Category Archives: Computer Security

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Safeguarding Your Blog from Hack Attacks

What preventive measures are you taking to protect your blog from hack attacks? Blogs are often targeted by hackers because of their use of content management systems (CMS). CMS platforms like WordPress, Joomla and Drupal are inherently prone to hacking because they contain backdoor logins. The good news is that you can safeguard your blog from hack attacks by following some simple steps.

Use Dedicated Web Hosting

Many bloggers used shared web hosting, simply because it’s the least expensive option available. You have to remember, though, that shared web hosting means your blog is hosted on the same server as hundreds or even thousands of other websites. As a result, it’s easier for hackers to target websites on shared hosting, simply because the servers are more easily accessible. If you want to safeguard your blog from hack attacks, choose dedicated web hosting. Unlike shared hosting, dedicated hosting provides you with your own dedicated server (hence the name). Want to know more about the difference — click here.

Use a Strong Password

Your blog’s first line of defense against hack attacks is a strong, unique password. You shouldn’t use the same password for your blog’s login that’s used on other online accounts or services, nor should you use an easy-to-remember password such as your mother’s maiden name plus birth date. Instead, choose a password that consists of a combination of upper-case letters, lower-case letters, numbers (non-sequential order), and special characters.

Here’s a simple tip — use the first letter of each word of a favorite song title or lyric, mix up the upper and lower case letters and add some numbers / special characters. You’ll be able to more easily remember it than a random set of letters and numbers. Following this simple formula will ensure that your blog has an iron-clad password that’s difficult for hackers to crack.

Disable Visitor File Uploading

Are visitors allowed to upload files to your blog? Enabling this feature is just asking for trouble, as anyone can upload a virus or malicious software to your blog. Furthermore, don’t assume that restricting file uploads to JPEGs, GIFs or other commonly used media formats is safe. File extensions can be spoofed with relative ease, meaning a hacker may still be able to upload a virus without your knowledge. To be on the safe side, it’s recommended that you disable all visitor file uploading on your blog.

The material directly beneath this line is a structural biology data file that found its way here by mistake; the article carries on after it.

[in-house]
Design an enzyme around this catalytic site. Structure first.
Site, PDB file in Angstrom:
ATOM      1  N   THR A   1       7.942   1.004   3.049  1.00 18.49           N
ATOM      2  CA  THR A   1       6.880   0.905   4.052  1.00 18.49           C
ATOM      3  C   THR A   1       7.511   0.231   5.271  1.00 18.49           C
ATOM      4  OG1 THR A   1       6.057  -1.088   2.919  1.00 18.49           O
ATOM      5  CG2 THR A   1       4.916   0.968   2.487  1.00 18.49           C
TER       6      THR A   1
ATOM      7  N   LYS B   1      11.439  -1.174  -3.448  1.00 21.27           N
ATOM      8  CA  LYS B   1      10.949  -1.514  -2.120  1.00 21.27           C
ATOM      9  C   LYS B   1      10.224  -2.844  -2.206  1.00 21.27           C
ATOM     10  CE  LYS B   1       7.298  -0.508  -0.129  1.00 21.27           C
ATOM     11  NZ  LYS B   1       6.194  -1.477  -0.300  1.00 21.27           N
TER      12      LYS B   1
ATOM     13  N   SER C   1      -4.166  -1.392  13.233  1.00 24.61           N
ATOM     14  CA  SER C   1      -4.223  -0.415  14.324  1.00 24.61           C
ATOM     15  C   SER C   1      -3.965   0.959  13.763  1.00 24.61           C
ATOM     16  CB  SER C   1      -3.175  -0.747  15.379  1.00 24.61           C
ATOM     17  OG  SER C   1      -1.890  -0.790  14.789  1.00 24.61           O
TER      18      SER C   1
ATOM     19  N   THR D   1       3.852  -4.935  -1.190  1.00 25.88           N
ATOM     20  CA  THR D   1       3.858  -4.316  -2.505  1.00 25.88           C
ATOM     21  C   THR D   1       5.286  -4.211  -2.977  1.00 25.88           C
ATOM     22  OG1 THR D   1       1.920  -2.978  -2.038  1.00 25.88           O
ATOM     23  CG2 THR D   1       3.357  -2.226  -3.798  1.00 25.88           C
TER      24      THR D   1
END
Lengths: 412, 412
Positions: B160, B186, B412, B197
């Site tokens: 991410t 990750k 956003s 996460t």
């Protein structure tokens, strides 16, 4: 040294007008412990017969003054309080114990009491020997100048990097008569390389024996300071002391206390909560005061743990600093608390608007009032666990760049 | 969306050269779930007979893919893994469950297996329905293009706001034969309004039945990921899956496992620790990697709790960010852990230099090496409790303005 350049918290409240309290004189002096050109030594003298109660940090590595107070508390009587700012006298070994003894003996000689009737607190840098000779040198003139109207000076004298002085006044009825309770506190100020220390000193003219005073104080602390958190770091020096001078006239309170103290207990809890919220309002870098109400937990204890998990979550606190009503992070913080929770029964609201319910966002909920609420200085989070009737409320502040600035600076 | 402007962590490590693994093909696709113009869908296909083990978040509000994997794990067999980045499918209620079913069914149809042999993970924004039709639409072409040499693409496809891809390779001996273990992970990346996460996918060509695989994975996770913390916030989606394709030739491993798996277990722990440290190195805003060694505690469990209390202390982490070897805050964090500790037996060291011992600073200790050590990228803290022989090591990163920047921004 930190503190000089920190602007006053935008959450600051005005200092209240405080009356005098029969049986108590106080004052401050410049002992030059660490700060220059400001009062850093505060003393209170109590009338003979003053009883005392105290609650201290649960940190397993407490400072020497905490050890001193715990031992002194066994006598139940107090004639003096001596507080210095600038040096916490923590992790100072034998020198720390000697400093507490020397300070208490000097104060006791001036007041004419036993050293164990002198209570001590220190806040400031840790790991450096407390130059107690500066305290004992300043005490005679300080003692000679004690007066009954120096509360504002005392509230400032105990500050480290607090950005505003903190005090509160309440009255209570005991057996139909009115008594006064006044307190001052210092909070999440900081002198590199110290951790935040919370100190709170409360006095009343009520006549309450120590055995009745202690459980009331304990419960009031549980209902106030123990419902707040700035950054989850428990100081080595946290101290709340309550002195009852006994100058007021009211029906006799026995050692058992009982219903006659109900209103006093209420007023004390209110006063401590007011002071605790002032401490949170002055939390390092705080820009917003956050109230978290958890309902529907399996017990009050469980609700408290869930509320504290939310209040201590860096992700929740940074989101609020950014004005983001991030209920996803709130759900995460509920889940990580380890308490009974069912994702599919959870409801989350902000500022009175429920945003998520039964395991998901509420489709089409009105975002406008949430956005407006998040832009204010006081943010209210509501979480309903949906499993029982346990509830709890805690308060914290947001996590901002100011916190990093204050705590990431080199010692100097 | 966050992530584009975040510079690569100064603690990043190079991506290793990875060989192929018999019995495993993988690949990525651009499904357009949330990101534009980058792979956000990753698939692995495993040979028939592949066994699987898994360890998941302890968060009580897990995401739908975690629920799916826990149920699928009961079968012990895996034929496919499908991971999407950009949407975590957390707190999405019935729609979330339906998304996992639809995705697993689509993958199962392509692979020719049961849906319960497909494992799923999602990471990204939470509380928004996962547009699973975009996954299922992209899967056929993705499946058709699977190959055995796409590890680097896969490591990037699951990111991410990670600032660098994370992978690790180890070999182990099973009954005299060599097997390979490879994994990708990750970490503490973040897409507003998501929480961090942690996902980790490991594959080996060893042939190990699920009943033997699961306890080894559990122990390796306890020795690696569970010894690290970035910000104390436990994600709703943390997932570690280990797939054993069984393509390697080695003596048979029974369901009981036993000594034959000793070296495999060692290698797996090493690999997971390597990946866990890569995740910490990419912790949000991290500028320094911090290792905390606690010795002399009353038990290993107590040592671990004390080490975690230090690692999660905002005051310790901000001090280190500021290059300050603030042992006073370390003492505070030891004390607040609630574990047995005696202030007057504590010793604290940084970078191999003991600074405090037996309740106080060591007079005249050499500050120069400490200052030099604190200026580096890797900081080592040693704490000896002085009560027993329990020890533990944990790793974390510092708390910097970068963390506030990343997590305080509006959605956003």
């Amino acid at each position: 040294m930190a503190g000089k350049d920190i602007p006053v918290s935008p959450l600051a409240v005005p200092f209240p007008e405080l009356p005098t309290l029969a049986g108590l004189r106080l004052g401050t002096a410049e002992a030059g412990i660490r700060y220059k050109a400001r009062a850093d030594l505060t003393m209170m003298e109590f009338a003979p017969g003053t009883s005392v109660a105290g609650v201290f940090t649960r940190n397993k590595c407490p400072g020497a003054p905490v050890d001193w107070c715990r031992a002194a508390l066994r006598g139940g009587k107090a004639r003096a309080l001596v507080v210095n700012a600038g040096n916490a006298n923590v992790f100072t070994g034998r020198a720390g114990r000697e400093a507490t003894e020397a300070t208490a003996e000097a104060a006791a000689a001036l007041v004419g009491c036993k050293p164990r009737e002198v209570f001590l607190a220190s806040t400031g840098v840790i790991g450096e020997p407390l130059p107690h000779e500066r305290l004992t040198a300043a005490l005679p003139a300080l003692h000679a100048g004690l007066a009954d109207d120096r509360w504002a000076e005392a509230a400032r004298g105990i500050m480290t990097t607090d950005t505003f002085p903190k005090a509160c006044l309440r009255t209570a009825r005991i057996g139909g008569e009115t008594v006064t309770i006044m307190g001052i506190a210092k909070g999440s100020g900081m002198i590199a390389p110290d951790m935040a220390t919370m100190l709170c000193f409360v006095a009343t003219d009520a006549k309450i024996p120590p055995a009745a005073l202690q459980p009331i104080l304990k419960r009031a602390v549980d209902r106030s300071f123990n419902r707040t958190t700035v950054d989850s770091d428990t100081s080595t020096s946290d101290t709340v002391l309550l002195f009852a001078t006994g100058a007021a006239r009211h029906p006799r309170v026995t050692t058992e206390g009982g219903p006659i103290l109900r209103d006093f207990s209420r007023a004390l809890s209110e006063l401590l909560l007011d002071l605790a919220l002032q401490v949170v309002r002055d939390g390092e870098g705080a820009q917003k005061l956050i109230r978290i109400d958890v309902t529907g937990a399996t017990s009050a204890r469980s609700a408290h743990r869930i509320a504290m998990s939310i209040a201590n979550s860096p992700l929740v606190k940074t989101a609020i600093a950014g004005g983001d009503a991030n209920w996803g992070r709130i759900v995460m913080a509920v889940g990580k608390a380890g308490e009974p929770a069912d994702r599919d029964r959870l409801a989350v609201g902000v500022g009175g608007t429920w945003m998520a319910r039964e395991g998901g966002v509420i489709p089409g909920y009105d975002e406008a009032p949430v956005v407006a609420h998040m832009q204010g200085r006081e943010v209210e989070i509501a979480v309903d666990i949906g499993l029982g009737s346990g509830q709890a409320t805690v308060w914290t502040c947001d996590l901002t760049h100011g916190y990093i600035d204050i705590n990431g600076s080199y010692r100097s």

Update, Update, Update!

Arguably, one of the most important steps in safeguarding a blog from hack attacks is to keep it updated. Each time a new version of your blog’s CMS is released, be sure to update it in a timely manner. New versions are often released for the sole purpose of plugging up security vulnerabilities and exploits.

Back Up Your Blog

Hopefully it will never occur, but if your blog is ever critically compromised you need a backup copy ready so you can restore it to working order. Assuming you are using a CMS, you’ll likely need to back up both your core HTML files as well as your blog’s database. Downloading one without the other may prevent you from being able to restore your blog, so make sure you download both the HTML files AND database.

Have you ever been the victim of a hack attack? Let us know in the comments section below!

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Zero Day Vulnerability Discovered In WordPress

OLYMPUS DIGITAL CAMERAMost WordPress vulnerabilities are minor, involving the use of outdated themes, plugins or other third-party software. However, a team of Finnish researchers has recently discovered a new zero-day vulnerability that allows hackers to execute code remotely on WordPress servers.

Juoko Pynnonen first reported the bug on Klikki Oy, describing it as a javascript injection vulnerability. According to Pynnonen’s report, hackers can use this vulnerability in websites running WordPress 4.2 or earlier to inject malicious JavaScript code into the site’s comment field. Assuming the comment is a minimum of 66,000 characters long, the JavaScript will be executed when someone views the comment.